In The Carbon Efficient City, Hurd and Hurd, emphasizes the importance of nature within compact urban environments in the Spaces for Nature chapter. They reference Bill Reed’s excellent point that a person is less likely to change their behavior to lower emissions impacts if they do not have a connection to nature. When we have a direct connection to nature we better understand that our actions can result in the decline of these natural systems. While this is a great point, the importance of nature within urban environments goes beyond making the connection between nature and our carbon footprints. Nature is essential to our quality of life.
In this day and age it is especially pertinent to integrate nature into our cities to benefit our younger generations that spend a great deal of time interfacing with technology instead of the outside environment. Coined by Richard Louv in his book, Last Child in the Woods, nature deficit disorder is the lack of nature in children’s lives that can have symptoms such as obesity, attention disorders, and depression. In addition natural play for children inspires creativity and requires children to think outside the box. While technology can be a powerful tool for innovation it can sometimes hinder creativity and require less-intensive problem-solving skills. Instead of thinking outside the box, we Google the solution.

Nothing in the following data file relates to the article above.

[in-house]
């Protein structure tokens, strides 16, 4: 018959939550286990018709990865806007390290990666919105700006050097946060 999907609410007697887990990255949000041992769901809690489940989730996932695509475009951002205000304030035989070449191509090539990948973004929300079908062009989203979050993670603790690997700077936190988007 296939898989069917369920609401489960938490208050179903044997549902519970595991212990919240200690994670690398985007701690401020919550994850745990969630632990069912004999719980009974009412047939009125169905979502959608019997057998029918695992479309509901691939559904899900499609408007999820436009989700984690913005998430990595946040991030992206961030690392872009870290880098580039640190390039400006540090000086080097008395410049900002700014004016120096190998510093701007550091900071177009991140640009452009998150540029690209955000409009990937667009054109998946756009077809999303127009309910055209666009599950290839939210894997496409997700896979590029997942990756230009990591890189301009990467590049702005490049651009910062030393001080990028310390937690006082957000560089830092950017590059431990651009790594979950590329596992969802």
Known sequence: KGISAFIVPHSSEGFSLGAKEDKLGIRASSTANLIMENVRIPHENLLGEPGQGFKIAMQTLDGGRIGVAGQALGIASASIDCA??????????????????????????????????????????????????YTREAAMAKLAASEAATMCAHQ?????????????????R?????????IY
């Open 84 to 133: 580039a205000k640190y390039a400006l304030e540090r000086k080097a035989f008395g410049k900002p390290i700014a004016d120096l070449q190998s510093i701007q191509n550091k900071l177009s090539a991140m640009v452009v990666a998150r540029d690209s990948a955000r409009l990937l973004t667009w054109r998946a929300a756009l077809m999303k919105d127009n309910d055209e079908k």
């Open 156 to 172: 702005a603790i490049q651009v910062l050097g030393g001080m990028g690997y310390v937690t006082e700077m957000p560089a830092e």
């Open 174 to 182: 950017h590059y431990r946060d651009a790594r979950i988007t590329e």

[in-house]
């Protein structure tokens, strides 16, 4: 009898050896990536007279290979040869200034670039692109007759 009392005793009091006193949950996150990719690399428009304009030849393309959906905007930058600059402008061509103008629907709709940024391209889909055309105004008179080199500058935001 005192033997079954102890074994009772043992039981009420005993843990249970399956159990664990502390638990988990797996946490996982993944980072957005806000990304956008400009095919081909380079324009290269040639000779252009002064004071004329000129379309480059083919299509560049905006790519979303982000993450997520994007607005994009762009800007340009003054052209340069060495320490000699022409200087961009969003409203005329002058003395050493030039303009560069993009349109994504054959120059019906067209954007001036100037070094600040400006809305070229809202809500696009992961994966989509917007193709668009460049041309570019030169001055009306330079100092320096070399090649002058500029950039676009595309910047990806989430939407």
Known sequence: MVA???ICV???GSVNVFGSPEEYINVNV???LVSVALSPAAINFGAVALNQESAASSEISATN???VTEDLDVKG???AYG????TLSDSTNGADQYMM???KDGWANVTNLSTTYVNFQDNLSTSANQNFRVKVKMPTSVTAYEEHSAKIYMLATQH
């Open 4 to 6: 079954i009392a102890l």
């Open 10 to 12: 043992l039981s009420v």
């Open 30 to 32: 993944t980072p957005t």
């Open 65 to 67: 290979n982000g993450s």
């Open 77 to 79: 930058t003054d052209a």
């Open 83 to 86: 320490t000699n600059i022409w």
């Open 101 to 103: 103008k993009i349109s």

As climate change continues to be an issue that our society struggles with it will be this younger generation that needs to continue effective solutions, but also challenge and identify new innovative solutions to the issue. Incorporating nature into our city encourages this connection to nature and can better ensure that our younger generation will be creative and develop problem-solving skills through natural play.